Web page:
Conservationists express cautious optimism on Chinese ivory ban


Mombasa,KENYA:Conservationists in the country have expressed optimism that the effect of the Ivory ban in China will help reduce poaching of elephants in Africa.

“We are pretty sure illegal demand will automatically drop significantly,” Mike Pflanz of Space for Giants an organization working towards protection of African elephants in Kenya, Uganda, Botswana and Gabon said.
The Chinese government announced in March 2017 that it would effect a ban on its legal domestic ivory market by the end of 2017.

The Chinese market had long been termed by conservationist groups as a major motivation to poaching in African countries such as Kenya, Tanzania, Democratic republic of Congo and Nigeria.

The conservationists have expressed optimism that the ban would further see the drop of the already plummeting prices of ivory.

A report released by Kenyan conservation group Save the elephants in February 2017 stated ivory prices had plummeted by over 70% from $2100(sh 216,862) per kilogram in 2014 to $ 730 per kilogram in February 2017.

Despite a report released by Born Free foundation in 2014 stating that Chinese ivory traders were present in almost every step of the illegal ivory trade in Africa ,conservationists say the movement to save one of Africa’s most endangered species is far from over.

Ivory trade still being legal in some countries and underground markets in countries where the trade is illegal still poses a major challenge to elephants conservation.

“The ban applies only in mainland China but not Hong Kong which is a special administrative region in the people’s republic of China, so the traders can reroute the trade to neighboring countries where it still is legal” Mike added.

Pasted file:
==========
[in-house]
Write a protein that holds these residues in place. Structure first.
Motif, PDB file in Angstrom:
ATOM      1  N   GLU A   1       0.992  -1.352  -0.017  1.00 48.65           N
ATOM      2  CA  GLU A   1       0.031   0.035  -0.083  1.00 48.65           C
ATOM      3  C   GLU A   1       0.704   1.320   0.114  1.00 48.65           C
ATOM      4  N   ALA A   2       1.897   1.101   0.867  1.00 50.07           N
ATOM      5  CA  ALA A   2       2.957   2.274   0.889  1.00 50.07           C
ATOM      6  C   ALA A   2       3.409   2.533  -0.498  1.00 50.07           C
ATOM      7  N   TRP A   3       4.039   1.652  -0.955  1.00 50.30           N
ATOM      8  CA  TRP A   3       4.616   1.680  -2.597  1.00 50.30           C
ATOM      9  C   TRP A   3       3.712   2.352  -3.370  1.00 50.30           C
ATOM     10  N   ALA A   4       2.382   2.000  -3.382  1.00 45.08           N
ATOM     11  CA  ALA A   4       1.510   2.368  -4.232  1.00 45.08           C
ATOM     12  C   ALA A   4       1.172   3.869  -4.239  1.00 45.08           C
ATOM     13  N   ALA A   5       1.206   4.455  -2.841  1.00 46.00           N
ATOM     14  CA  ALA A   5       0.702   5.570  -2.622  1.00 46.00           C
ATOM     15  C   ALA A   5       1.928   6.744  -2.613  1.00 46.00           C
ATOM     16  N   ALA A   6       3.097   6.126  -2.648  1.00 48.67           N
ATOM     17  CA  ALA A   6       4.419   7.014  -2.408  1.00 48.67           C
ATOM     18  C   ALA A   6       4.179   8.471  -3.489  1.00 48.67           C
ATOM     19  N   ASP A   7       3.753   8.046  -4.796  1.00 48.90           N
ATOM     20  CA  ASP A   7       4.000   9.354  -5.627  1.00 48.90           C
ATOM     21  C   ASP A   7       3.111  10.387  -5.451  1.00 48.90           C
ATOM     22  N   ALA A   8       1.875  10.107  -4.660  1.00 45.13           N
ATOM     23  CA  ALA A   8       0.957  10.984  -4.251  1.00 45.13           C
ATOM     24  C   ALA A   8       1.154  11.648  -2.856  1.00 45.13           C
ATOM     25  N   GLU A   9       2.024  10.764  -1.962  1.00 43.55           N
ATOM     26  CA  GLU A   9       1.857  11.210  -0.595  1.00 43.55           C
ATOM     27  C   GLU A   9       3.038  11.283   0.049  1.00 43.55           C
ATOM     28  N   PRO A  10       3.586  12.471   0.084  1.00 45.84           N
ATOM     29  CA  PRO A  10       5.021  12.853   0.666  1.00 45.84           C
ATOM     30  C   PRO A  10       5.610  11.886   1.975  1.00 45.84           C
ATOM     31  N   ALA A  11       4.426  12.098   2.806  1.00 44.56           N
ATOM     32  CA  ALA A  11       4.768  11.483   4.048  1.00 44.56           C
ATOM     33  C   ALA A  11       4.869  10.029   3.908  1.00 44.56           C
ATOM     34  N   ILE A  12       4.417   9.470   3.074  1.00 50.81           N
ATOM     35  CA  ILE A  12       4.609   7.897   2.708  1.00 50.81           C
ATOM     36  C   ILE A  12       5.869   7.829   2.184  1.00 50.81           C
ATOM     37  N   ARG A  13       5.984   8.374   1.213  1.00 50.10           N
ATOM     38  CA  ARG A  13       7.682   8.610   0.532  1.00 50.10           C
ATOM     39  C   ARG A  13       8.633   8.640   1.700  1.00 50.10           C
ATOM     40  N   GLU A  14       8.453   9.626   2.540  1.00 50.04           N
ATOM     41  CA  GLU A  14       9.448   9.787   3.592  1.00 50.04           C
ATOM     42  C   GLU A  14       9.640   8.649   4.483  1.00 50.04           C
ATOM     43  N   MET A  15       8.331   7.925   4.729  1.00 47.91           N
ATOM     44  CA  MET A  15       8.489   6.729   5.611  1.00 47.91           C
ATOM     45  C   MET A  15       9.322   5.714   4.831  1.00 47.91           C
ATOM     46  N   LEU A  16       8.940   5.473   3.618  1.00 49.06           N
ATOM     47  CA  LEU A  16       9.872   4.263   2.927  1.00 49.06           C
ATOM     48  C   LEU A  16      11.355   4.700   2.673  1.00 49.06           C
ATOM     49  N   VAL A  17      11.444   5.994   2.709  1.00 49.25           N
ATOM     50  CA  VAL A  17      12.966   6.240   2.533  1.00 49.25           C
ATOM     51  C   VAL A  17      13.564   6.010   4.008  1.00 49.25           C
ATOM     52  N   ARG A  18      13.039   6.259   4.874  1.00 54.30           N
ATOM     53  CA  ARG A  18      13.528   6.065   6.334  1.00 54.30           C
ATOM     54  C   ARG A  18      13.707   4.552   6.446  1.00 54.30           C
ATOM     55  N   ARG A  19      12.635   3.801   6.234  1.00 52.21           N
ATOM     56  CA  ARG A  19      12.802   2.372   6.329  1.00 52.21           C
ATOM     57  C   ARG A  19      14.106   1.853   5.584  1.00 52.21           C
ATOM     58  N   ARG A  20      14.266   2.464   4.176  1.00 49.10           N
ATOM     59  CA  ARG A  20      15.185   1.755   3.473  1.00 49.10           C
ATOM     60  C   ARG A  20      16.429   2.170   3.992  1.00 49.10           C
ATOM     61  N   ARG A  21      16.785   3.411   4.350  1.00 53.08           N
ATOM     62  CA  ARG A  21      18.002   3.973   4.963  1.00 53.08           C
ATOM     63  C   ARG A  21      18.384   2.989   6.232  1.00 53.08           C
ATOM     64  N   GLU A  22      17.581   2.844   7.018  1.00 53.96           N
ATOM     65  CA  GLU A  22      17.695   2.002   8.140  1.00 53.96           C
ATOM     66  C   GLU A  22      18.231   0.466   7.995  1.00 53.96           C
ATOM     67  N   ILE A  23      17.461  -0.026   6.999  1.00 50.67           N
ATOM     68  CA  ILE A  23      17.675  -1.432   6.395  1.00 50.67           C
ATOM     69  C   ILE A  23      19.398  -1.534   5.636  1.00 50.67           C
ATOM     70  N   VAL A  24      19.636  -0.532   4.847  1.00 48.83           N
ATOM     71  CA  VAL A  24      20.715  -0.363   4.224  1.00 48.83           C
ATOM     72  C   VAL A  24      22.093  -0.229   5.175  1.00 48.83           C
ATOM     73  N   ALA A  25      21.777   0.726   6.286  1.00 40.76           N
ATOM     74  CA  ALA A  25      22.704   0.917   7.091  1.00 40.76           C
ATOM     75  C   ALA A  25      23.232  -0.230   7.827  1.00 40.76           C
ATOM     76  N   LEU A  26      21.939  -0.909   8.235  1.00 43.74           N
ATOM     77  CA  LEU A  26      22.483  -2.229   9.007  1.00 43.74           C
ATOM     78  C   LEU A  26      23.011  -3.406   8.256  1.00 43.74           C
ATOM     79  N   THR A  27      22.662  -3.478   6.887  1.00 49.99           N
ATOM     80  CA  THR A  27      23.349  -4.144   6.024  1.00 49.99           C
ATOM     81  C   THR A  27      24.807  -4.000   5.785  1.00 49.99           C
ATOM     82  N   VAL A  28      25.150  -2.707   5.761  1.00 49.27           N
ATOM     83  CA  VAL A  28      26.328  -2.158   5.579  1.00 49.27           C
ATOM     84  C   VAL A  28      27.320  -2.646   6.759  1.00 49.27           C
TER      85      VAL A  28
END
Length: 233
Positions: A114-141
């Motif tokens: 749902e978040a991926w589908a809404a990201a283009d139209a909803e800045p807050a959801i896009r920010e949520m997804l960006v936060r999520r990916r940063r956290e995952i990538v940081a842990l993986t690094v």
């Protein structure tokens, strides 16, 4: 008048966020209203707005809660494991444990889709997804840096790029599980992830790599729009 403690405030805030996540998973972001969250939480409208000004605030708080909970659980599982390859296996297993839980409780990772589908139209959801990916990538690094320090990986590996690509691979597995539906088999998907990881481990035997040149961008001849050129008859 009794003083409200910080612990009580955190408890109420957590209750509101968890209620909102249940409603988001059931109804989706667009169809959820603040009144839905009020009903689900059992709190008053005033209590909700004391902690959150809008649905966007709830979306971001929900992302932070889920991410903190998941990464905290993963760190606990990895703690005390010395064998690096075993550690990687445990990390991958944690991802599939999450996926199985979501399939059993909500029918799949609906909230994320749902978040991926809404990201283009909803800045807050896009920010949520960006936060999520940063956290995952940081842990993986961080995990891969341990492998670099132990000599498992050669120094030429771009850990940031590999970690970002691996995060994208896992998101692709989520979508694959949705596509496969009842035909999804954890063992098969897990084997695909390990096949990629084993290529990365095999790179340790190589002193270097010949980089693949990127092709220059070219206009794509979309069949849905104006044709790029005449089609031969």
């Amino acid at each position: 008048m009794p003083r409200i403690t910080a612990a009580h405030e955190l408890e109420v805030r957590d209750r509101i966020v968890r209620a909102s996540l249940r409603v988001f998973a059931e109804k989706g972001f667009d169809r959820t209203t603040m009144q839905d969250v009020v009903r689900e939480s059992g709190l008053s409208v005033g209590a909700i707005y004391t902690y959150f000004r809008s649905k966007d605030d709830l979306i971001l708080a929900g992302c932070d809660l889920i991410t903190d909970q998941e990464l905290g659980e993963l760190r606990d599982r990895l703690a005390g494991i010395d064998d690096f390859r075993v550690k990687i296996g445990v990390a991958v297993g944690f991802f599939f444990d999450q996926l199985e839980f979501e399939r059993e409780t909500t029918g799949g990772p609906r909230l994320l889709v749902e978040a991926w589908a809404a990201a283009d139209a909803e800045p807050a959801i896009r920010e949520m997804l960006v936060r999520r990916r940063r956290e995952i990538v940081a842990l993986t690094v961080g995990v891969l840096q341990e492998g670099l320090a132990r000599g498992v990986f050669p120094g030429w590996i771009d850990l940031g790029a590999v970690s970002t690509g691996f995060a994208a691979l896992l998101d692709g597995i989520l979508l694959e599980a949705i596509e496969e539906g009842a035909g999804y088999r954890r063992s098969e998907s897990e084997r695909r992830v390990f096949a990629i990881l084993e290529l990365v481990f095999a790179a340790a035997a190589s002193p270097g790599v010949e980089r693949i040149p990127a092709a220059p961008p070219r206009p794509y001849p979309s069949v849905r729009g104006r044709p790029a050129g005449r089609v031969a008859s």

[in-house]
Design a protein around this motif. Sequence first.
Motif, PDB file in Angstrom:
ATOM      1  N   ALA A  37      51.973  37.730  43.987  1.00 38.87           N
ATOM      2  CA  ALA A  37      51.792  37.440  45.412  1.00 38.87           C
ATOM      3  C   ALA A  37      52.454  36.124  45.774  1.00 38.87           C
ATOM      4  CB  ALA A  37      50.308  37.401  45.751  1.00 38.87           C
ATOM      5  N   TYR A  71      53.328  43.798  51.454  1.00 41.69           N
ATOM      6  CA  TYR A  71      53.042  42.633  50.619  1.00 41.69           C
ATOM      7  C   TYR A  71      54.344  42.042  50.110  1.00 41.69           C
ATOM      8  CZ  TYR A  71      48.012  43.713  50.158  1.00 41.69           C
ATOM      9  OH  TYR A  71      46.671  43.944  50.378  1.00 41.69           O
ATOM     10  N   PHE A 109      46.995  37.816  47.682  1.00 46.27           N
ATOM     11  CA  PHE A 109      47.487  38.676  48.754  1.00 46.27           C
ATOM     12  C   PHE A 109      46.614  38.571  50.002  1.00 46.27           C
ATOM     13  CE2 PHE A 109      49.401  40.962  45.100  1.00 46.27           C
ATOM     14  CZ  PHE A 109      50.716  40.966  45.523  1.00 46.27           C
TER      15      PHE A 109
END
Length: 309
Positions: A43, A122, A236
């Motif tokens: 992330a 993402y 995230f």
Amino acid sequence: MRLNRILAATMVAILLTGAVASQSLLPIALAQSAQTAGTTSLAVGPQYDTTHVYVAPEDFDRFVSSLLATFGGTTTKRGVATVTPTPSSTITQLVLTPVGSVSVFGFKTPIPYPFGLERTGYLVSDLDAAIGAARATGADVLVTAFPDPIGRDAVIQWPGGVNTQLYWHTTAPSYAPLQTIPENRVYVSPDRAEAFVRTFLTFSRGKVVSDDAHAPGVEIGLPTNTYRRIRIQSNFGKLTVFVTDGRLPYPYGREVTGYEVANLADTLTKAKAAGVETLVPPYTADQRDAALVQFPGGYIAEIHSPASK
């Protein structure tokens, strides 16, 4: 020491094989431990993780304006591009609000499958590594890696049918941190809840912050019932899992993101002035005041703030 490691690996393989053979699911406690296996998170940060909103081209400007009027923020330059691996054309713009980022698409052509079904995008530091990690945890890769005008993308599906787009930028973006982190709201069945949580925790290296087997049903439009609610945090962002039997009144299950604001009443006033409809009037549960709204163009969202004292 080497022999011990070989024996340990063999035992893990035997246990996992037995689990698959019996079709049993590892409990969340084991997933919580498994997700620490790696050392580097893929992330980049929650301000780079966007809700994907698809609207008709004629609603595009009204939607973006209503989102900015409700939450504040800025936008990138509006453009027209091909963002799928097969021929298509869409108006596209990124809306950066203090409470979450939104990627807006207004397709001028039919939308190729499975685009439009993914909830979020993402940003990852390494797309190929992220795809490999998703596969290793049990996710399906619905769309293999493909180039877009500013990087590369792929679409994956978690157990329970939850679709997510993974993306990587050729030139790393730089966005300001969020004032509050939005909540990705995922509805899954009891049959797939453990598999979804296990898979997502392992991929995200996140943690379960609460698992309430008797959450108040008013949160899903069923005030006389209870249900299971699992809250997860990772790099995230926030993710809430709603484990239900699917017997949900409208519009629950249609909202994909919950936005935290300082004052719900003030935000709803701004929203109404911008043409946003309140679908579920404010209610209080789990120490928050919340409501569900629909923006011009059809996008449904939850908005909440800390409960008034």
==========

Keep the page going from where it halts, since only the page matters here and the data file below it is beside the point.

Japan has constantly sidestepped plans to clamp down on the trade while in The United Kingdom which has in the past been named as the largest exporter for ivory products, its still legal to export Ivory that has been certified to have been worked on before 1976 with antique ivory products manufactured before 1946 do not requiring a certificate.

Conservationists have indicated that the trade has been growing in nearby countries such as Laos, Vietnam and Myanmar.

Despite Ivory trade and elephant hunting being banned in the country in 1973 and Kenya being one of the African countries that was pushing for a total ban on ivory in a convention of signatory nations to the UN Convention on International Trade of Endangered Species (CITES) in 2016,Kenya has been an active player in Ivory trade in the world.

The port of Mombasa and the Jomo Kenyatta international airport have been long named as major transit points for illegal ivory from Africa to Asian markets.

In 2016 Vietnam custom officials seized Ivory nearing a tonne hidden in a Timber consignment from Kenya while in the previous year nearly 3 tonnes of Ivory hidden in a consignment of tea from Kenya that was destined for Laos had been confiscated in a port in Thailand.

However Mike says the biggest threat to elephants and wildlife in Africa remains loss of habitat.